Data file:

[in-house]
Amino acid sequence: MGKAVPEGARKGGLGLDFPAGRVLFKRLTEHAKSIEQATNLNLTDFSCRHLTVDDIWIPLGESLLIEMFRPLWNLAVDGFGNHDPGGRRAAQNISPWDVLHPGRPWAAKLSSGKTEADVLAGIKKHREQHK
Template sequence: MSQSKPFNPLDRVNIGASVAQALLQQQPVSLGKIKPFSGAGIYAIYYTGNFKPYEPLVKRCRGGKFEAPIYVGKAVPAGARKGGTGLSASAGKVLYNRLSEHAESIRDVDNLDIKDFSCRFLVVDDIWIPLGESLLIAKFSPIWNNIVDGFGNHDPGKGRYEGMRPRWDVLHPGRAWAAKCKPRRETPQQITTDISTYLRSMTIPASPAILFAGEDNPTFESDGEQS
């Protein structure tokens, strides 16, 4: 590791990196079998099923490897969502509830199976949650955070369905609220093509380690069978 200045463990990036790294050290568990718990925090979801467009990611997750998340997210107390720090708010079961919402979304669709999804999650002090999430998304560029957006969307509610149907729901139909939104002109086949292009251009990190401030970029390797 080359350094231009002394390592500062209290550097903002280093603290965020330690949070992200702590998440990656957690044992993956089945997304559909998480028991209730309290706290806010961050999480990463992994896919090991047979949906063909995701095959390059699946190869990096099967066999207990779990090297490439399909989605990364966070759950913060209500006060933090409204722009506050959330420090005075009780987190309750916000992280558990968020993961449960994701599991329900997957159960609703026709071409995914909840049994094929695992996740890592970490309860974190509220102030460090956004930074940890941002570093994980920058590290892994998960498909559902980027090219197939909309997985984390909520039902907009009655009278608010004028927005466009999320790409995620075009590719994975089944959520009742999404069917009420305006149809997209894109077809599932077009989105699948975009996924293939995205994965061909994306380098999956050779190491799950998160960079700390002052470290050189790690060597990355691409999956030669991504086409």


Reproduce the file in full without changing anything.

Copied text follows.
[in-house]
Amino acid sequence: MGKAVPEGARKGGLGLDFPAGRVLFKRLTEHAKSIEQATNLNLTDFSCRHLTVDDIWIPLGESLLIEMFRPLWNLAVDGFGNHDPGGRRAAQNISPWDVLHPGRPWAAKLSSGKTEADVLAGIKKHREQHK
Template sequence: MSQSKPFNPLDRVNIGASVAQALLQQQPVSLGKIKPFSGAGIYAIYYTGNFKPYEPLVKRCRGGKFEAPIYVGKAVPAGARKGGTGLSASAGKVLYNRLSEHAESIRDVDNLDIKDFSCRFLVVDDIWIPLGESLLIAKFSPIWNNIVDGFGNHDPGKGRYEGMRPRWDVLHPGRAWAAKCKPRRETPQQITTDISTYLRSMTIPASPAILFAGEDNPTFESDGEQS
């Protein structure tokens, strides 16, 4: 590791990196079998099923490897969502509830199976949650955070369905609220093509380690069978 200045463990990036790294050290568990718990925090979801467009990611997750998340997210107390720090708010079961919402979304669709999804999650002090999430998304560029957006969307509610149907729901139909939104002109086949292009251009990190401030970029390797 080359350094231009002394390592500062209290550097903002280093603290965020330690949070992200702590998440990656957690044992993956089945997304559909998480028991209730309290706290806010961050999480990463992994896919090991047979949906063909995701095959390059699946190869990096099967066999207990779990090297490439399909989605990364966070759950913060209500006060933090409204722009506050959330420090005075009780987190309750916000992280558990968020993961449960994701599991329900997957159960609703026709071409995914909840049994094929695992996740890592970490309860974190509220102030460090956004930074940890941002570093994980920058590290892994998960498909559902980027090219197939909309997985984390909520039902907009009655009278608010004028927005466009999320790409995620075009590719994975089944959520009742999404069917009420305006149809997209894109077809599932077009989105699948975009996924293939995205994965061909994306380098999956050779190491799950998160960079700390002052470290050189790690060597990355691409999956030669991504086409």